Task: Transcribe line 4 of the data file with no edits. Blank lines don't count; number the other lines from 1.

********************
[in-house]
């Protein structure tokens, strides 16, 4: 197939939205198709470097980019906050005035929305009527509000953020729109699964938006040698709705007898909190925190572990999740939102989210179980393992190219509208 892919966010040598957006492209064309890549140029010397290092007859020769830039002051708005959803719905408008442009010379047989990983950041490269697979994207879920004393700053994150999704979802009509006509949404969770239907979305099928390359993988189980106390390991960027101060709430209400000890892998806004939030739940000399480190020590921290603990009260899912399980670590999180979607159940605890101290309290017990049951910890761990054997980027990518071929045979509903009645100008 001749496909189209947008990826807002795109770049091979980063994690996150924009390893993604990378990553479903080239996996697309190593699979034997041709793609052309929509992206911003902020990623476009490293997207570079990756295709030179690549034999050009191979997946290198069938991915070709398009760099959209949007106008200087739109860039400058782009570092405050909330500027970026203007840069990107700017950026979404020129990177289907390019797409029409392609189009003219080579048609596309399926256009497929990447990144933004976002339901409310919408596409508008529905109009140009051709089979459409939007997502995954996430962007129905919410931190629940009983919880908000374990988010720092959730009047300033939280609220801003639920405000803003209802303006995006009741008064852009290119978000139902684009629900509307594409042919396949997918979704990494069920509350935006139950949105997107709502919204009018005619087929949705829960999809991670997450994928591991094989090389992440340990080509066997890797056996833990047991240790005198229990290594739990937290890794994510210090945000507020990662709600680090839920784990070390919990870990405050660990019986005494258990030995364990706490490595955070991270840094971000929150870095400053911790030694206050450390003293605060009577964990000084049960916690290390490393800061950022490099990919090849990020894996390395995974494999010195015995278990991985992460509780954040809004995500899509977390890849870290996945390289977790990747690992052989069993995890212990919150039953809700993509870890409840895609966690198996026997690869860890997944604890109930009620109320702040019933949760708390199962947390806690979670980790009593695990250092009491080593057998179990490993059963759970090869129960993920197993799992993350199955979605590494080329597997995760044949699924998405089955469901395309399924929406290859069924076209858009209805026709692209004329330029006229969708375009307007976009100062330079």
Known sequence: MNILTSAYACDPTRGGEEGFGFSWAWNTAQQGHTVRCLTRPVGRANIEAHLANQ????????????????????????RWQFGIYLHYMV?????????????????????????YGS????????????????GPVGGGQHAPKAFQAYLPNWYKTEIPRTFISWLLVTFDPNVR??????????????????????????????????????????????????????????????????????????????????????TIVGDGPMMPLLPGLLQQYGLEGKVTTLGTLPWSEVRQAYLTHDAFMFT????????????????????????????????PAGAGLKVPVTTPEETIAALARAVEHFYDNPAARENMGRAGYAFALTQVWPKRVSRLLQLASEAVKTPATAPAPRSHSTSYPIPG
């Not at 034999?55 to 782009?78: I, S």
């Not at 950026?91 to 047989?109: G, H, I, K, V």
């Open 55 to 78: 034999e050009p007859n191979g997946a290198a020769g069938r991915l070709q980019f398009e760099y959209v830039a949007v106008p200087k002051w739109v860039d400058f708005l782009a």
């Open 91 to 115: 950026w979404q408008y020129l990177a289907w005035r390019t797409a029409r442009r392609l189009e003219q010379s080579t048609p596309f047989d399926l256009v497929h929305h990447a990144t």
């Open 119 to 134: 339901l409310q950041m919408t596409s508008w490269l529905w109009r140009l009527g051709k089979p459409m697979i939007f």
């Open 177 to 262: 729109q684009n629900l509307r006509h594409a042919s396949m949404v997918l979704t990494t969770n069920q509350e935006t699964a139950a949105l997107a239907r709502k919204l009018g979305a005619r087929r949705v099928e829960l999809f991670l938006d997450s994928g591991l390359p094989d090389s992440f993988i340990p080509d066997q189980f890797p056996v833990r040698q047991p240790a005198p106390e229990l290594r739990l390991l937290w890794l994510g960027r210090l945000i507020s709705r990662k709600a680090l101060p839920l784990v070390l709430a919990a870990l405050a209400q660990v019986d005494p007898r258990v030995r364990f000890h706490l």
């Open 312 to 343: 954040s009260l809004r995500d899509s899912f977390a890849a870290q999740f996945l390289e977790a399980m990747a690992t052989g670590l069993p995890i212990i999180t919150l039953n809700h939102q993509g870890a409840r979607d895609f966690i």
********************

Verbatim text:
């Not at 034999?55 to 782009?78: I, S």